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Article Credibility Checklist

After writing my last blog post, I realized that it may still be difficult to determine which online articles represent fact or fluff. So, I created an article credibility checklist! This tool is designed to measure the credibility of articles that discuss findings from research studies. By using this tool, you should be able to distinguish between trusted versus poor quality sources of information.

The article credibility checklist consists of ten “yes” or “no” statements. To use this tool pick an online article that describes a research study and select either “yes” or “no” for each statement. If you are unsure of which response to select, go with your gut. Once you’ve read through and checked each statement, tally all of your “yes” responses. The final score will help you assess the credibility of the article you read.

It should be noted that if your article does not receive a high score, it doesn’t mean the information is false. What this indicates is that the source may not be that reliable. In this scenario, you should read the original publication to better understand the findings. Alternatively, you could find another online article that better describes the research study if you do not have access to the original article.

Below are the ten statements for the article credibility checklist:

1. The author specifies the researcher/s who conducted the original study
2. The article include references, citations, and / or links to support their claims
3. The article is written in a fair and neutral manner that is free from exaggeration
4. You can find the original study based on the information provided
5. You know how many people participated in the original study
6. You can make reasonable conclusions from the information provided
7. The article was published by a trustworthy source
8. The content of the article appears to be accurate, factual, and recent
9. The article appears to be free from bias and objective
10. The findings can be supported by other sources

The scoring guide below helps you determine the credibility of your source.

0-2 Questionable —The article is likely missing key information from the original study. It is unlikely that the information was reported in an objective and unbiased manner. Thus, it is unclear whether the source can be trusted.
Advice: See if you can find another article on this topic or the original source.

3-4 Poor — The article may be based on solid research, but the author doesn’t provide sufficient details about the study. There is room for improvement in how the study is described and the findings are shared. As a result, it is likely that the credibility of the article cannot be fully trusted.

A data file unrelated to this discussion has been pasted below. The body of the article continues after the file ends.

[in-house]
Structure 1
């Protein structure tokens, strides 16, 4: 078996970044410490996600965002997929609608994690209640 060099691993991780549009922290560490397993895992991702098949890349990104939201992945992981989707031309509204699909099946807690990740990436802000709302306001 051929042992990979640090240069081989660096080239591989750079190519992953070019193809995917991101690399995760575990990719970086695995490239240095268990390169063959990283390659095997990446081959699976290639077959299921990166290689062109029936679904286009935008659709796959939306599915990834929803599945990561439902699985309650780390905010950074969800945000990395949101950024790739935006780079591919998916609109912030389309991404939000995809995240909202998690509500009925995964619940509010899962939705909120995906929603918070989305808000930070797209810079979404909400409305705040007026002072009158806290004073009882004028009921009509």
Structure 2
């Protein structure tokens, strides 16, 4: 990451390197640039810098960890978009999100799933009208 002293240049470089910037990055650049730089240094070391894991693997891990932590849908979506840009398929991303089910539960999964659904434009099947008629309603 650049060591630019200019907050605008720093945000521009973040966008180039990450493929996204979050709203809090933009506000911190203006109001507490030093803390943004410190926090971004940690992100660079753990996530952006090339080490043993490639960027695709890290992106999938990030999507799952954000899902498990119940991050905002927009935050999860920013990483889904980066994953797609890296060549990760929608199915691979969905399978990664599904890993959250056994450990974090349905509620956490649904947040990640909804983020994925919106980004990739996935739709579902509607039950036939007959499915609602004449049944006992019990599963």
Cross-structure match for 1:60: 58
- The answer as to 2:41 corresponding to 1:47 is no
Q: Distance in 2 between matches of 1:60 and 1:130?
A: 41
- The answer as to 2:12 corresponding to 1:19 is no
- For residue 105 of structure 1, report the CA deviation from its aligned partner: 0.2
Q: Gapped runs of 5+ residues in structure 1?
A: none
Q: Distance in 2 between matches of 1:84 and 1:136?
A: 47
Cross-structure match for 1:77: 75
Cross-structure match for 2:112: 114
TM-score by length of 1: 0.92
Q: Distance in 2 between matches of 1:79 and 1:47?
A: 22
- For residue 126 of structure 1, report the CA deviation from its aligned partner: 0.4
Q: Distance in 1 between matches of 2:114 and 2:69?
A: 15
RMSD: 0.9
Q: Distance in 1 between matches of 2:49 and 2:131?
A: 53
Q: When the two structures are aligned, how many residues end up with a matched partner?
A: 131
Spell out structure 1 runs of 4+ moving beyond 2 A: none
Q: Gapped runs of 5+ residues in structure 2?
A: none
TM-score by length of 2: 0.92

Advice: See if you can find another article on this topic or the original source.

5-6 Average The article is adequate in how it presents the original study and contains some useful information. You can probably identify who conducted the study and find the original study. Therefore, you can trust the credibility of this article, but there are likely better articles on this topic Most articles that you evaluate with the article credibility checklist will receive this score.
Advice: Trust the content of this article, but consider exploring other articles on this topic to get the full story.

7-8 Good The article represents a credible source. You can trust that the author tried to convey the original article in an unbiased and accurate manner. While the article doesn’t provide all the information you may want from the original source, it provides sufficient detail to understand the basic tenets of the research. The author likely cited their sources and connected the reader to additional information to support their claims.
Advice: Trust the content of this article.

9-10 Excellent — The article represents a credible source. You can trust that the author conveyed the original article in an objective, unbiased, detailed, and accurate manner. It is likely that this article is from a well-established source that vets their authors carefully. The author and article are both credible and provide reliable information.
Advice: Congratulations! This article is the next best thing after the original study!

For additional information on vetting the credibility of online articles, check out these other links and resources! There’s a lot of great materials out there!

Feel free to contact me with any research and evaluation questions or needs at annette@researchevaluationconsulting.com

4 Responses so far.

  1. Annette,

    Thanks so much for posting this! Oftentimes there are research-based claims in articles that appear too extreme to be true. I think using this checklist is a great, quick way to see if the source can be reasonably trusted. Thanks for sharing!

  2. Smithe407 says:

    Good web site! I really love how it is easy on my eyes and the data are well written. I am wondering how I might be notified whenever a new post has been made. I’ve subscribed to your RSS which must do the trick! Have a great day! ekfegfafeafeecgk

    • Annette says:

      Glad you found this website useful! I’ll have to speak with my web developer about ow to notify people whenever a new post is made.

  3. Smithb33 says:

    Thanks for the article, is there any way I can receive an email whenever you publish a new update?

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